Out on the Trail

It didn’t take me long to get acquainted with the geometry of this mountain bike: this is one of those rigs that feels like you’ve ridden it for years. Once I got the suspension adjusted properly and made good use of the dropper post routing by swapping out the stock post for a dropper, I was ready to rip!

I have put over 700 miles onto this mountain bike in the short three month time period that I’ve had it. I’ve ridden this bike on all kinds of trails in six different states, ranging from fast and flowy to tight and twisty to so gnarly I should have been running a dual-crown fork.

This bike was my go-to rig during my epic summer road trip. Some of the gnarliest trails I’ve ridden it on include, but are not limited to:

If any bike I’ve ever reviewed has received a true punishment, this would be the one!

The Dakar SixFiftyB lands squarely in the “trail” category, but the edges around the category got downright hazy when I actually got the bike into some gnarly terrain. While many of the details, such as the dropper post routing, chain guide tabs, the big knobbies, and 5.5″ of suspension allowed me to shred this bike like an all-mountain rig, the other details give it more of a cross-country feel. The rather steep 69 degree headtube angle (for a bike with 5.5″ of suspension), long stem, bars that I wish had been wider, a fixed-position stock seatpost, and the XC American Classic wheels limit the utter gnar factor.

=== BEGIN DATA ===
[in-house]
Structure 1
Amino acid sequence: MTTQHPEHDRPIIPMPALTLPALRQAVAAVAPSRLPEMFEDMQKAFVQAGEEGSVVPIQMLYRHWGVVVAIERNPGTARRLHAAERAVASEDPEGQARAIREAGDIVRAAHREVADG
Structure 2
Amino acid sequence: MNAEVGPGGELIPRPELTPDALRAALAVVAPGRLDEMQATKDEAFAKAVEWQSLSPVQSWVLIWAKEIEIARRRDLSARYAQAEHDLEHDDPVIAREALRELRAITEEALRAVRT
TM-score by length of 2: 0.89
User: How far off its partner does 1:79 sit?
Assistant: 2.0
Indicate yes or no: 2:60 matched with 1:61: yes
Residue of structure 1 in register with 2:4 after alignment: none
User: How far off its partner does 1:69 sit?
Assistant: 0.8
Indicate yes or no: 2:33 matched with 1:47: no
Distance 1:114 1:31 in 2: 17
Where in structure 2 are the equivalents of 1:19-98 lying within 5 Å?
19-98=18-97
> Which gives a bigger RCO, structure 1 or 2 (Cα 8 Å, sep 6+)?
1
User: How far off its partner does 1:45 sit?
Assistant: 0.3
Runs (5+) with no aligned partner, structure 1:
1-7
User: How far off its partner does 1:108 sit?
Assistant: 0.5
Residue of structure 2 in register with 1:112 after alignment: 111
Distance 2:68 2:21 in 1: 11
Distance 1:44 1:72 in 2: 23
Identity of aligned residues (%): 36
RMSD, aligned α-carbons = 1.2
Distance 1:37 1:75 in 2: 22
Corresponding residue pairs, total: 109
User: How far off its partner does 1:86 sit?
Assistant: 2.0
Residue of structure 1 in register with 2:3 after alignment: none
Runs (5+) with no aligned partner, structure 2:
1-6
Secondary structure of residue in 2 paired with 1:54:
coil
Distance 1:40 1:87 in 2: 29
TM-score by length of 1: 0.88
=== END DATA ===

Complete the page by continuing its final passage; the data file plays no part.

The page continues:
None of these things are good or bad–they’re just the character of the bike. In fact, the American Classic XC wheels performed remarkably! I ended up putting big dents in both rims and breaking a spoke, but after the second rim dent I thought to myself, “what’s up with these wheels?” That was the first time that I realized these were XC wheels: not trail or AM wheels, XC. I pushed these wheels hard on extended rock gardens, drops, and brutal G-outs on trails such as the infamous Porcupine Rim and Downieville Downhill. Heck, I even tried to keep up with guys on full-blown DH rigs with massive dual-crown forks and DH wheels while shredding at Snow Summit!

In short, I pushed these wheels way past their intended use, and they still came through the fire in one piece. Despite the two dents in the rims, these wheels still track very straight, and I’m still riding them hard. Smart choice, Jamis.

Click here to read Part 2 of this long-term review.

# Comments

  • dgaddis

    The rear end is a 135×12??? You sure it’s not a 142×12?

    Great review so far, looking forward to the rest of it.

  • jeff